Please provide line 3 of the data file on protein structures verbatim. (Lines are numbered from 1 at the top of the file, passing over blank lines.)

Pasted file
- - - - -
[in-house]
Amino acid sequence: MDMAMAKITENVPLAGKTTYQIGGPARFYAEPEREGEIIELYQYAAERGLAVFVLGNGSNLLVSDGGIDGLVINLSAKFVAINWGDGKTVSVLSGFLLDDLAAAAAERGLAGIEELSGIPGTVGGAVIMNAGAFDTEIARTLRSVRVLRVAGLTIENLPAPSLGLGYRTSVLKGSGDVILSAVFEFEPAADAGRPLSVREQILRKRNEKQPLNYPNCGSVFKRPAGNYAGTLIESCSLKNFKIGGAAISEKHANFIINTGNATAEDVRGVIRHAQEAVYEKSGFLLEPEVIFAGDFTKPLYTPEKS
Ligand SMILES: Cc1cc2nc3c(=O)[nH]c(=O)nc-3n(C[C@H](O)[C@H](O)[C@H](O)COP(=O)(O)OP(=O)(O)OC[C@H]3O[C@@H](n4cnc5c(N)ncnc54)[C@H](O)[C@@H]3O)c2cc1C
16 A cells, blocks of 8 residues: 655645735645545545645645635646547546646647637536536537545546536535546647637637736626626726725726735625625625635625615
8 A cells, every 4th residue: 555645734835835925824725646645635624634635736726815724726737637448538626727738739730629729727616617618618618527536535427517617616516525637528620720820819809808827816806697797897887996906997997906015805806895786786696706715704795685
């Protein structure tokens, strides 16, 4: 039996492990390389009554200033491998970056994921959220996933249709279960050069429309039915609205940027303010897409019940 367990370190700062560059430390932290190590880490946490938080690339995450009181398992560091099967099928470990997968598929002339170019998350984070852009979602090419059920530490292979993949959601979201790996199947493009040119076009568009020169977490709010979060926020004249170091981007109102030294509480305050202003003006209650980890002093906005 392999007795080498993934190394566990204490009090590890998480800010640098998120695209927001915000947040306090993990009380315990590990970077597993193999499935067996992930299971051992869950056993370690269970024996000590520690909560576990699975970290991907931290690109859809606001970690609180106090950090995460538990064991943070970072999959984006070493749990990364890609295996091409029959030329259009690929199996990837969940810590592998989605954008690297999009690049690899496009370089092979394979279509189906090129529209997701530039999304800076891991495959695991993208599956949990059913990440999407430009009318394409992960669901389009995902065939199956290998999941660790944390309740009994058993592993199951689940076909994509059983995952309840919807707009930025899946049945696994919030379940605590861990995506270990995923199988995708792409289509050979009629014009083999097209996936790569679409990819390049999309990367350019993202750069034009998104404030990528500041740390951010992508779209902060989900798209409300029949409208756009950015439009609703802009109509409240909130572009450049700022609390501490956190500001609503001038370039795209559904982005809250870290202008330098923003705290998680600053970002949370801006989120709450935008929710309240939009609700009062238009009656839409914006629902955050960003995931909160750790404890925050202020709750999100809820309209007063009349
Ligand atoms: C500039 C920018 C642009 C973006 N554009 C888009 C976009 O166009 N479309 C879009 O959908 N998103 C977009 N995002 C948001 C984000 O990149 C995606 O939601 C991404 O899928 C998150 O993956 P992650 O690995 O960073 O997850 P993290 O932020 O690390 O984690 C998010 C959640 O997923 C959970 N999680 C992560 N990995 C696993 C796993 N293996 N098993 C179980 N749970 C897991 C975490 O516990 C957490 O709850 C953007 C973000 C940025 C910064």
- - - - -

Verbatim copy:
Ligand SMILES: Cc1cc2nc3c(=O)[nH]c(=O)nc-3n(C[C@H](O)[C@H](O)[C@H](O)COP(=O)(O)OP(=O)(O)OC[C@H]3O[C@@H](n4cnc5c(N)ncnc54)[C@H](O)[C@@H]3O)c2cc1C